San Joaquin River Access Guide: A portal for recreation and discovery: “”Who has not had the experience of being surprised to discover a little park or hiking trail near their home or along their drive to work they had never known was there? For more than 15 years I have lived within a mile of the San Francisco Bay. However it recently dawned on me that I had never actually spent any time on the water exploring this place where Central Valley Rivers and the Pacific Ocean ebb and flow. As a water-sport enthusiast I knew that I had to remedy this and began searching the internet for places to access the Bay from the urban landscape. To my surprise I found there were numerous tiny bay-side parks, some within minutes of my home where I could launch my kayak. These access points to the Bay have since become portals to a whole new world of opportunities for exploration, exercise, wildlife viewing, and relaxation. ... ”  Read more from the NRDC Switchboard here: San Joaquin River Access Guide: A portal for recreation and discovery

Fire Sale on Water:  Eric Caine writes:  “Despite little interest thus far in a fallowing program designed to make water available for sales next year, Oakdale Irrigation District (OID) will pursue plans to sell water to Westlands Water District.  Though OID General Manager Steve Knell has been under increasing pressure to keep OID water local, his Board of Directors continues to back his strategy of selling “surplus” water when available. Knell and OID attorney Tim O’Laughlin said Tuesday that the district needs to begin addressing requirements imposed by the California Environmental Quality Act at once if it should decide to sell water next year. ... ”  Read more from The Valley Citizen here:  Fire Sale on Water

Concrete and mulch: Downtown Los Angeles gets the green treatment:  Tree People write:  “Skid Row and its surrounding communities often are labeled with associations of sprawling concrete and warehouses, rampant homelessness, drug use and destitution. Though green spaces and trees aren’t a big part of the landscape (yet), this neighborhood is a vibrant corner of the city that offers a place to begin again to its residents who often have nowhere else to go. There is a thriving art scene, colorful community and a palpable sense of altruism here that often goes uncelebrated by the mainstream. … ”  Read more from the Tree People blog here:  Concrete and mulch: Downtown Los Angeles gets the green treatment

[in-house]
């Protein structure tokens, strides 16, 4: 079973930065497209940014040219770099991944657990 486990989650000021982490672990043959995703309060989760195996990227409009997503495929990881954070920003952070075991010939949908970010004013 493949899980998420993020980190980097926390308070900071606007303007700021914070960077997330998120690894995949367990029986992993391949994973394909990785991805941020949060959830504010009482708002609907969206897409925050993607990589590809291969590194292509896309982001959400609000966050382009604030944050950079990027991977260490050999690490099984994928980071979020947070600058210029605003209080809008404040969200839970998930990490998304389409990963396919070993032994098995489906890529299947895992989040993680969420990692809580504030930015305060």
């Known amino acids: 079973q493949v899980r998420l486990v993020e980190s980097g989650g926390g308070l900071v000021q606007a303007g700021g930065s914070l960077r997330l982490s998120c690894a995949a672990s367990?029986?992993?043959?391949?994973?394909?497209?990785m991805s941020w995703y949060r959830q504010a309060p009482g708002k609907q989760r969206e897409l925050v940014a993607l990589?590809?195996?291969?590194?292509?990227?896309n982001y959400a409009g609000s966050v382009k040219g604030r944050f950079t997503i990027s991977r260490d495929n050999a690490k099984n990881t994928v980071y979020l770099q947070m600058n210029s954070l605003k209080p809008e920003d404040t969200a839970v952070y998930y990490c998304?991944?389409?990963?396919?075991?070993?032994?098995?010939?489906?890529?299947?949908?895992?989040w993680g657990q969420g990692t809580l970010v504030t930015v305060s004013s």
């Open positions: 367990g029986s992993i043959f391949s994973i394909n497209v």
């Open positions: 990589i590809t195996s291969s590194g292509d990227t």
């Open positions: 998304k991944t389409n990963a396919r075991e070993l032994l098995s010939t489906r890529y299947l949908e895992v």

How to solve the Colorado River’s problems – or not:  John Fleck writes: “Everyone on the Colorado River has a legitimate argument that they’ve already sacrificed, and that they have a legal entitlement to what’s left. If everyone digs in their heels on these points, the system will crash. We need to be willing to share the pain. But (scroll to the bottom) there is hope on that front. … In reading and interviews for my book, I frequently run across arguments of the form that “we” (usually a state, but also sometimes a smaller water-using entity) have already done “our” share for solving the Colorado River’s problems by (insert specific sacrifice already made here).  They all, of course, are right. Consider: … ”  Continue reading at the Inkstain blog here:  How to solve the Colorado River’s problems – or not

As Lake Mead drops, Las Vegas plays the long game:  “Even with the release of extra water from upstream reservoirs, Lake Mead outside Las Vegas is forecast to continue dropping in 2015 and into 2016, according to the U.S. Bureau of Reclamation’s latest monthly “24-Month Study” (pdf). At this point, as Lake Mead drifts deeper into record emptiness, it goes without saying that the big reservoir, the key to supply water for urban-suburban Nevada, Arizona and Southern California, along with the vast agricultural empires of the southwestern deserts, is heading into record territories. ... ”  Read more from the Inkstain blog here:  As Lake Mead drops, Las Vegas plays the long game

Photo credit:  Odd fountain found in Munich, picture by flickr photographer Paolo.

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About the Blog Round-up: The Blog Round-up is a weekly journey through the wild and varied tapestry of blog commentary, incorporating the good, the bad, the ugly, and sometimes just plain bizarre viewpoints existing on the internet.  Viewpoints expressed are those of the authors and not necessarily my own; inclusion of items here does not imply my endorsement of their positions. Items are chosen to express a wide range of viewpoints, and are added at the editor’s discretion. While posts with obvious factual errors are excluded, please note that no attempt is made on my part to verify or fact check the information bloggers present, so caveat emptor – let the buyer beware.